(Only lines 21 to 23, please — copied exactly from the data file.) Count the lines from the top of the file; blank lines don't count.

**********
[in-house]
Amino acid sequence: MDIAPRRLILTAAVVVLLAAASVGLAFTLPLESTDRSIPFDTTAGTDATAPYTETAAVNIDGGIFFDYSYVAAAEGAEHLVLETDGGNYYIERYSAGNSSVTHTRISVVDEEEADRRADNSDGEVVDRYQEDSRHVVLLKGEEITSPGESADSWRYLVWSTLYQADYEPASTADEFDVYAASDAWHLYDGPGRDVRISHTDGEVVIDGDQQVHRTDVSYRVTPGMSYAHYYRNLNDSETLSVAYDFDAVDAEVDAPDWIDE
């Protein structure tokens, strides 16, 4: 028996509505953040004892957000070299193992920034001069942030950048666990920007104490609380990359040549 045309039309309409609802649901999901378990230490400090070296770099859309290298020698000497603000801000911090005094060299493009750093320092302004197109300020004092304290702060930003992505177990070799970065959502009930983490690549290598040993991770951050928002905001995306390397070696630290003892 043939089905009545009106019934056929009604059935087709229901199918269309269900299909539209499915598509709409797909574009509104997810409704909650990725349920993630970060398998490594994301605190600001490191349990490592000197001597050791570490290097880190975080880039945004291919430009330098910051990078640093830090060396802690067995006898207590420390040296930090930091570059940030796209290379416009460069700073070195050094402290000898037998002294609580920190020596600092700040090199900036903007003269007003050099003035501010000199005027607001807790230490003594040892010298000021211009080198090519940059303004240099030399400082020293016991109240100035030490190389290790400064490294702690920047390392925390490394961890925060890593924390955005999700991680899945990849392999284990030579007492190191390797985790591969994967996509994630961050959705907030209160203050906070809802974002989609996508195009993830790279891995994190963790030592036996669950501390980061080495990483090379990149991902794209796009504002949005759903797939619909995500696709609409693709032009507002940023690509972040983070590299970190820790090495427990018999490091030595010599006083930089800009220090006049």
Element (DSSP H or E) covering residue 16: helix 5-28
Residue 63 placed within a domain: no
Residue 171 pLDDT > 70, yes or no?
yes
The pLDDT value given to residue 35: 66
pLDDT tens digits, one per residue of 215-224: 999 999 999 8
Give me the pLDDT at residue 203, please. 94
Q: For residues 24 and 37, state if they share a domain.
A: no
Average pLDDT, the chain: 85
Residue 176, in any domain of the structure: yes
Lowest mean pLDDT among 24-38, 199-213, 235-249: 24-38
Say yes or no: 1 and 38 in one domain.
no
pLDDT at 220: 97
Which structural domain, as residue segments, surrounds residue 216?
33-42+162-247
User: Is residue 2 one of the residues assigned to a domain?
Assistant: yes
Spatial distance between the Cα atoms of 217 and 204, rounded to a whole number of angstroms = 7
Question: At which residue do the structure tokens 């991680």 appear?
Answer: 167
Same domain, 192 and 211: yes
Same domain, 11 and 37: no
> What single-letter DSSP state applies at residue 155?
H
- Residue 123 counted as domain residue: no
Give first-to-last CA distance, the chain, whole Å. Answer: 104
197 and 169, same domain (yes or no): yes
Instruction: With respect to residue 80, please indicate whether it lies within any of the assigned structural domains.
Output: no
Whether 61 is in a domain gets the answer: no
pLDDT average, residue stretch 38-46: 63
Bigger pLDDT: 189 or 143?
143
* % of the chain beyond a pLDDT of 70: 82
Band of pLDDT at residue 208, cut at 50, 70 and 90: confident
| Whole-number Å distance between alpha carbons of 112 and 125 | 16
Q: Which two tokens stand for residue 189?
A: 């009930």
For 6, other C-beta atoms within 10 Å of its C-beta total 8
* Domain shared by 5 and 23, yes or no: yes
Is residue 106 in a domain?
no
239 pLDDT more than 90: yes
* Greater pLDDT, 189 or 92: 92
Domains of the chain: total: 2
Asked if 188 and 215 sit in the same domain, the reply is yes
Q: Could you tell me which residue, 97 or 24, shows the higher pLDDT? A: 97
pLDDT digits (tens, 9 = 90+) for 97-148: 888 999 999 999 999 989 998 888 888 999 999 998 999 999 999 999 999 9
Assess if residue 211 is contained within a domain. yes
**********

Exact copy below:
User: Is residue 2 one of the residues assigned to a domain?
Assistant: yes
Spatial distance between the Cα atoms of 217 and 204, rounded to a whole number of angstroms = 7